Ensuring Private Access to Large-Scale Data in the Data Center
Recent events have shown online service providers the perils of possessing private information about users. Encrypting data mitigates but does not eliminate this threat: the pattern of data accesses still reveals information. Thus, this talk will present Shroud, a general storage system that hides data access patterns from the servers running it, protecting user privacy. Shroud functions as a virtual disk with a new privacy guarantee: the user can look up a block without revealing the block's address. Such a virtual disk can be used for many purposes, including map lookup, microblog search, and social networking. Shroud aggressively targets hiding accesses among hundreds of terabytes of data. We achieve our goals by adapting oblivious RAM algorithms to enable large-scale parallelization. Specifically, we show, via new techniques such as oblivious aggregation, how to securely use many inexpensive secure coprocessors acting in parallel to improve request latency. Our evaluation combines large-scale emulation with an implementation on secure coprocessors and suggests that these adaptations bring private data access closer to practicality.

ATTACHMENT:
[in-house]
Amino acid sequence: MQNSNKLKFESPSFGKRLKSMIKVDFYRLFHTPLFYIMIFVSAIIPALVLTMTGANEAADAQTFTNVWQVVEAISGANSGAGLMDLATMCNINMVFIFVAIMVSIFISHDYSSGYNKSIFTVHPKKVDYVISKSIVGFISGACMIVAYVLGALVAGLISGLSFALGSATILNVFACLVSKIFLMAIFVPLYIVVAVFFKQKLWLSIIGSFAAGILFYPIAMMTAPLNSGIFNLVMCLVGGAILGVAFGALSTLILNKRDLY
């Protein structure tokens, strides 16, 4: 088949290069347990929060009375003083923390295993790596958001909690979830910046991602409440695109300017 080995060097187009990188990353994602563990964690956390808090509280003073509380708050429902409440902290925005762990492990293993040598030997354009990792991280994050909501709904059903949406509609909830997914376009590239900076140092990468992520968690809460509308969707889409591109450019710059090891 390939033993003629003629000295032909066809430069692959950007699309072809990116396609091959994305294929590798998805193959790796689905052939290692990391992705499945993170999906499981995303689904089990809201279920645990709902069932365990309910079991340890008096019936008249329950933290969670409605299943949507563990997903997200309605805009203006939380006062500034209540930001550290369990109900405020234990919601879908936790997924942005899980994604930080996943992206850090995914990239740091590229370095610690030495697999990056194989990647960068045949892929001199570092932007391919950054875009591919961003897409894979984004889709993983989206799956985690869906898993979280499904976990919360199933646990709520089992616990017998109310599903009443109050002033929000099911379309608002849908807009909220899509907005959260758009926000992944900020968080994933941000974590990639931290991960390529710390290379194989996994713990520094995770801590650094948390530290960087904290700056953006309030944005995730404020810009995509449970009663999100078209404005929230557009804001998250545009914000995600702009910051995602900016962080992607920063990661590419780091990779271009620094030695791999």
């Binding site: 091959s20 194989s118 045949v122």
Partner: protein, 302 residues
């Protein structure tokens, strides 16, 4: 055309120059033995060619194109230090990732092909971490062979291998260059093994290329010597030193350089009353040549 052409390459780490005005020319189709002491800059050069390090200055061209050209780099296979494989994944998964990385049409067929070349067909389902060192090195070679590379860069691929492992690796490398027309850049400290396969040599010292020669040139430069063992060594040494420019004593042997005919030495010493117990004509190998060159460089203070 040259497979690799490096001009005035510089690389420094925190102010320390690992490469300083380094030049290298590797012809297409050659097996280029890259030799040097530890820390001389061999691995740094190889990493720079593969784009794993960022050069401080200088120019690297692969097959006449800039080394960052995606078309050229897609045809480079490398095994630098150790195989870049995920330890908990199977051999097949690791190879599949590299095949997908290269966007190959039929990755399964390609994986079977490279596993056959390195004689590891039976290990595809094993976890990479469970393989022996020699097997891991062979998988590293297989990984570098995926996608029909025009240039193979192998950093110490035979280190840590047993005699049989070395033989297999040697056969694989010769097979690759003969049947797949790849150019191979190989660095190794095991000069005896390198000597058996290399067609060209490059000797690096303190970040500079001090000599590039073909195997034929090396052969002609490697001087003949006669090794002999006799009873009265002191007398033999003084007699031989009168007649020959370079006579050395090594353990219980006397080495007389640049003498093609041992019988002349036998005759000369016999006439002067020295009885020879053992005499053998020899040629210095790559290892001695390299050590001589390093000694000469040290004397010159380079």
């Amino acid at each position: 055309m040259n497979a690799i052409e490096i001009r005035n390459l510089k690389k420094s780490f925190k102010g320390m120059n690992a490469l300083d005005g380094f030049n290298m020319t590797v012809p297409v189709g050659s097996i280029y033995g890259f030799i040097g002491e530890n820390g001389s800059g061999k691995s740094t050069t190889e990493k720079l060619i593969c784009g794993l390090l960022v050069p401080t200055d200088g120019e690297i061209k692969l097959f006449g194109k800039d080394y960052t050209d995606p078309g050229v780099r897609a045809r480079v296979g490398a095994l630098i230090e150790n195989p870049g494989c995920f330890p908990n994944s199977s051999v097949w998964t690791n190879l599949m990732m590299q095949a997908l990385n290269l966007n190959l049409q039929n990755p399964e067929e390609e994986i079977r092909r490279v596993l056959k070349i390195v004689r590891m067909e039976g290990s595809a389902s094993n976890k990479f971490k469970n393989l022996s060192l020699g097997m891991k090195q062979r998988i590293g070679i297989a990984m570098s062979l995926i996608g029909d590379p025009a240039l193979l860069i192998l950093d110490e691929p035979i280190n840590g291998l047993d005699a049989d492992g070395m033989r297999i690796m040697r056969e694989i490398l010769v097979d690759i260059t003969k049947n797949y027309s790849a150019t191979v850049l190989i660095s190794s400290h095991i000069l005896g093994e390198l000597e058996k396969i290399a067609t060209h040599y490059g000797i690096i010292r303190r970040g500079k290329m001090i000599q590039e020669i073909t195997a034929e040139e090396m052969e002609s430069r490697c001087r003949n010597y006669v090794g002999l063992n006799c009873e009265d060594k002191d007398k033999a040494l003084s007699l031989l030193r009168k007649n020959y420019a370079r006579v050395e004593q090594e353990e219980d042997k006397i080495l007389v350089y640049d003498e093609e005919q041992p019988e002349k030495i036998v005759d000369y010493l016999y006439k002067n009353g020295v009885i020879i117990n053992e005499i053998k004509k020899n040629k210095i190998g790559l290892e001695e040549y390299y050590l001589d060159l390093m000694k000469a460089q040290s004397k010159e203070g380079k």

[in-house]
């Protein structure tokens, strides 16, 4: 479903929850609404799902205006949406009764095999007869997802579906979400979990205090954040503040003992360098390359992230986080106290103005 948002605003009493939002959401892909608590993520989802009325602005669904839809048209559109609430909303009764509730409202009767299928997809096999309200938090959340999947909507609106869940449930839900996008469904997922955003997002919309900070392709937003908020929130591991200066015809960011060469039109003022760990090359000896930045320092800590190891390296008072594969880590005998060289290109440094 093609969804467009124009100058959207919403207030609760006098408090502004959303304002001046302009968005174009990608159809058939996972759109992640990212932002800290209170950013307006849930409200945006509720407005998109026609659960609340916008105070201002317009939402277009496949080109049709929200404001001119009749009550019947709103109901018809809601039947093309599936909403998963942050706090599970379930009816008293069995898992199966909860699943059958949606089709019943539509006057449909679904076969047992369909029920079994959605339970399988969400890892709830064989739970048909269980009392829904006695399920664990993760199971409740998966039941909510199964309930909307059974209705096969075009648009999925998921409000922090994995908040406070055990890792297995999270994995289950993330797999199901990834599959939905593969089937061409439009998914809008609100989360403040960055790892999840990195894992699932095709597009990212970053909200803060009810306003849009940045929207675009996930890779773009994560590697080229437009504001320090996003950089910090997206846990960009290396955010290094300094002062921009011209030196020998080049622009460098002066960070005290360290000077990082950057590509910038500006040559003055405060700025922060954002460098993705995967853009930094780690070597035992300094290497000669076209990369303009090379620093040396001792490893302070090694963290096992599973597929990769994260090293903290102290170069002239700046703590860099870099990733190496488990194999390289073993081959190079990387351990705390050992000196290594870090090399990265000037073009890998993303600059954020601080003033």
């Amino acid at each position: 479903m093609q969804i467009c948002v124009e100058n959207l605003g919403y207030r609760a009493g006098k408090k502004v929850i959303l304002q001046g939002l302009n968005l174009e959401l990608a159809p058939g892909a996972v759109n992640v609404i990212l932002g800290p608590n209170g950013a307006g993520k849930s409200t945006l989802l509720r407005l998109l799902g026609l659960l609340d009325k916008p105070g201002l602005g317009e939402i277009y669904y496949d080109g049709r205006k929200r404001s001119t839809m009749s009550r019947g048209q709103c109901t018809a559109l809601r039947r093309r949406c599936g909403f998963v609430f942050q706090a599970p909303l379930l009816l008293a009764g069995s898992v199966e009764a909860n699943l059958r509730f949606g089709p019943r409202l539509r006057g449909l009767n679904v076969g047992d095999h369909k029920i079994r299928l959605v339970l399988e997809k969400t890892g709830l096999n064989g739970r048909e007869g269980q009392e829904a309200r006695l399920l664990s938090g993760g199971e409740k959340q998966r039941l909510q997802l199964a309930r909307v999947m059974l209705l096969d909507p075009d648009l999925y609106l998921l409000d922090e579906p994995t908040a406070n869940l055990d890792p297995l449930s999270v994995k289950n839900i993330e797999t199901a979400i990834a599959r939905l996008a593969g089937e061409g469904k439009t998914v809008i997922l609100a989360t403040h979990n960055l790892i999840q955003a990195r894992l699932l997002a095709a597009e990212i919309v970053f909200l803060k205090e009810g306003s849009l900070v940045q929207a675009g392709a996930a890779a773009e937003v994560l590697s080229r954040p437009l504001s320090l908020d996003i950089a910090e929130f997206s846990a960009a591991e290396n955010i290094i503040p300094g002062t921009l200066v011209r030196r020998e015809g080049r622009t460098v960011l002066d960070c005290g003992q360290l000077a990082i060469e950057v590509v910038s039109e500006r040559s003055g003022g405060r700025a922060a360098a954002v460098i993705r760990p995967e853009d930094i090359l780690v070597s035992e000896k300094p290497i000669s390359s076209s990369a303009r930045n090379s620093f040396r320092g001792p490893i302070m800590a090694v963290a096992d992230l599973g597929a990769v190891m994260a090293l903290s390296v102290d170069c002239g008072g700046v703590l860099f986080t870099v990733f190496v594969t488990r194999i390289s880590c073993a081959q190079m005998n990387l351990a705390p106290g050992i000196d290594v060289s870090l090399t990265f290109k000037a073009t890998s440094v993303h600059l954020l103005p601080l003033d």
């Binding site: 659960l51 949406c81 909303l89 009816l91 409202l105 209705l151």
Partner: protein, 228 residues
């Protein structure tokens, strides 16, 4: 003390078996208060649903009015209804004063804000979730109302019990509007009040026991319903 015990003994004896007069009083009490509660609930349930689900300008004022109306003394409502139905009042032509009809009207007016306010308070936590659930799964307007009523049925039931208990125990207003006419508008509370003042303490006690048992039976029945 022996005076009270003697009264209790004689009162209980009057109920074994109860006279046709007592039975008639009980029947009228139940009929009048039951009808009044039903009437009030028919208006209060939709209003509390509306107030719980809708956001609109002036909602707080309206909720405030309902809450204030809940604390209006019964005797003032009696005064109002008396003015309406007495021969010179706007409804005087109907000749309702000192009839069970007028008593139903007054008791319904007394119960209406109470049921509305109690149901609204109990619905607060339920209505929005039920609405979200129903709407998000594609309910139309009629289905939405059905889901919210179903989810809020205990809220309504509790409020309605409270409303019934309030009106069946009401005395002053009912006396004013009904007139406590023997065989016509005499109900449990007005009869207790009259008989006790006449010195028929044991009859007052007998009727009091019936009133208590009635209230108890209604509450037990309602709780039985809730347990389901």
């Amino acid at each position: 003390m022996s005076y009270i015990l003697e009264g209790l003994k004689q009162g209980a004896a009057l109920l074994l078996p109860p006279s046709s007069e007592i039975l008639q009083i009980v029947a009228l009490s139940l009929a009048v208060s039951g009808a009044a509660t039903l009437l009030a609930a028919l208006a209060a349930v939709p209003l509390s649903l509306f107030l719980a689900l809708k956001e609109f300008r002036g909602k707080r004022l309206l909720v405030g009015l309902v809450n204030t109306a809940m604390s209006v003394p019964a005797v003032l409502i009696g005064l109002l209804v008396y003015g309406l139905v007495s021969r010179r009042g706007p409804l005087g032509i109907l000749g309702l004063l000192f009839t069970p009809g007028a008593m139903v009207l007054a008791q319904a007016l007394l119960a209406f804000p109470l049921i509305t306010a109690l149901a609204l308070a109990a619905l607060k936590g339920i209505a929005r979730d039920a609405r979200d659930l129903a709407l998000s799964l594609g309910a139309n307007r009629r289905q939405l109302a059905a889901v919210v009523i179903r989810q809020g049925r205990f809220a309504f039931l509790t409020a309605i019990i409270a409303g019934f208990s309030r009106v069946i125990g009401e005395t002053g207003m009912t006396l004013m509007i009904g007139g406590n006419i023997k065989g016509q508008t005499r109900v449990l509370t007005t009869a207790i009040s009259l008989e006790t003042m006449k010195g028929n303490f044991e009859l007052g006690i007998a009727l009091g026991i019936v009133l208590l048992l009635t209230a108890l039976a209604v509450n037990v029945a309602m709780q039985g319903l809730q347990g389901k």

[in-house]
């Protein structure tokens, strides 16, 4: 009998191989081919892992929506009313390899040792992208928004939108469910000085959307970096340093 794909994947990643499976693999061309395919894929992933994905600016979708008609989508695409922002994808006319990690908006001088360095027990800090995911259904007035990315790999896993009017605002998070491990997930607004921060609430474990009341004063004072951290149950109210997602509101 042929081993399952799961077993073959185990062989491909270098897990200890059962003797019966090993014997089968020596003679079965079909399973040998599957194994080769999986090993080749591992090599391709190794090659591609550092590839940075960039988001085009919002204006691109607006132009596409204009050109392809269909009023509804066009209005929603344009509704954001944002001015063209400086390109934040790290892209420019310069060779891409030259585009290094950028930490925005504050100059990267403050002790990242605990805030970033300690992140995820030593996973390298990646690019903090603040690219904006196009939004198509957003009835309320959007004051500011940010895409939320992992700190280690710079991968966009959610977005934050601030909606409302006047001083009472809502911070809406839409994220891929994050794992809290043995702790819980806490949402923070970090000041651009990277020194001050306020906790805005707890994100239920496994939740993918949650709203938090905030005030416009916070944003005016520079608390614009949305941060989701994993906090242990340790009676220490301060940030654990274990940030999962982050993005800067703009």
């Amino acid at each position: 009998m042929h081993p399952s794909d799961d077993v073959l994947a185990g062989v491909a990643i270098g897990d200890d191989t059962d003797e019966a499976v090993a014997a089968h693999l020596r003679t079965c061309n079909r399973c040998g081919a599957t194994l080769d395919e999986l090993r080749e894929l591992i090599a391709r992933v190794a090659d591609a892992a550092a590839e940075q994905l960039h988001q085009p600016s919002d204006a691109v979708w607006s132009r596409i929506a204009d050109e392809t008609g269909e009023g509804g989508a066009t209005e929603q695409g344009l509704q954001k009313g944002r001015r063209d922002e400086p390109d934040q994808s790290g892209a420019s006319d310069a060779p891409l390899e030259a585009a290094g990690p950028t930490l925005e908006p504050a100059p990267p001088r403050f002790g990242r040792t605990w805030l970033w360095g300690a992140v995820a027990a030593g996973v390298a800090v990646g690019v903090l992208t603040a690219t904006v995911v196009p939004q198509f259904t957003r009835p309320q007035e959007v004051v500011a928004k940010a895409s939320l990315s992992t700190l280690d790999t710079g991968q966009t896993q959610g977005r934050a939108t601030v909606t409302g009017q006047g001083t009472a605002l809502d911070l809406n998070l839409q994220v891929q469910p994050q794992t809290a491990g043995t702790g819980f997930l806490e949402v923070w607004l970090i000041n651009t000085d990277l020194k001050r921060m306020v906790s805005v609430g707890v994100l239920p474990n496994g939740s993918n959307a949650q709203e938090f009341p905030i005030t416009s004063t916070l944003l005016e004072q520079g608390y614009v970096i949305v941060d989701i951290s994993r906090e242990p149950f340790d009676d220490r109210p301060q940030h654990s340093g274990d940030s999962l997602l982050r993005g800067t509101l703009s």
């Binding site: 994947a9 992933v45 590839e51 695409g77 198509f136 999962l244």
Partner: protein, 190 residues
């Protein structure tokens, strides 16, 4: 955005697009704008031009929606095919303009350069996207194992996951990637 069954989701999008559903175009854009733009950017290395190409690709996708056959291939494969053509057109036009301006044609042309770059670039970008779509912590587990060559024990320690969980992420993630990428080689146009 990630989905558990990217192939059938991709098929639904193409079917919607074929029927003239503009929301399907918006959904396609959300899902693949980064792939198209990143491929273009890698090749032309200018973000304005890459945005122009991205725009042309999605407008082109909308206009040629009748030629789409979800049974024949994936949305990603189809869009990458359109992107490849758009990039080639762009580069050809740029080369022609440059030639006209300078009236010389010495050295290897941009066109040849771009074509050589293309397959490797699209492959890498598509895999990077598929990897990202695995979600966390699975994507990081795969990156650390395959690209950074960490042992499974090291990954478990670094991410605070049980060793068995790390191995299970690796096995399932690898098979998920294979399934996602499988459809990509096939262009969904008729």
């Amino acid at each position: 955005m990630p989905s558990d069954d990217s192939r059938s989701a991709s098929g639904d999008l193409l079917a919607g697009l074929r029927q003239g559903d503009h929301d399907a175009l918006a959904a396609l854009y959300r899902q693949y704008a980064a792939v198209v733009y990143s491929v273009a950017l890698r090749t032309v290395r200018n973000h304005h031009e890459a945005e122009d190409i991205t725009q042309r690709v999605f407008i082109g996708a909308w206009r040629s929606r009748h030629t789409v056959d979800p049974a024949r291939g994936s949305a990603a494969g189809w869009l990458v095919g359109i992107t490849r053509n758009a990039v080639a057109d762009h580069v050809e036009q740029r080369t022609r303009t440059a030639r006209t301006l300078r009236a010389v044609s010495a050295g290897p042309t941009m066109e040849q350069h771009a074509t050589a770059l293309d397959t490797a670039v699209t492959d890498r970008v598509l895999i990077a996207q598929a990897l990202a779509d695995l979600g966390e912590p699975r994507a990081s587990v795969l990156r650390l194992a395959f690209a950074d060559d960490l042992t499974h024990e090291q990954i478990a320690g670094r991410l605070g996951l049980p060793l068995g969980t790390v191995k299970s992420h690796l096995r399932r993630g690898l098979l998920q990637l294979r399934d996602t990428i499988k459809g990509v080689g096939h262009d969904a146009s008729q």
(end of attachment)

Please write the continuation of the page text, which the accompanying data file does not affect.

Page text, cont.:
Jacob R. Lorch has been a Researcher at Microsoft Research in Redmond, WA for the last eleven years. Before that, he received his Ph.D. in Computer Science from UC Berkeley in 2001 under the supervision of Alan Jay Smith. Jacob's research focuses broadly on computer systems, with particular emphasis on distributed systems, web security, cloud computing, and energy management. In recent work, he has developed TrInc (NSDI 2009), a simple piece of trusted hardware useful in securing a variety of distributed systems; Memoir (IEEE S&P 2011), a framework for building stateful, crash-resilient trusted modules; and GreenUp (NSDI 2012), a decentralized system for maintaining the availability of machines while letting them save energy by sleeping. His current work includes protecting user privacy when using online services and simplifying the construction and deployment of fault-tolerant systems.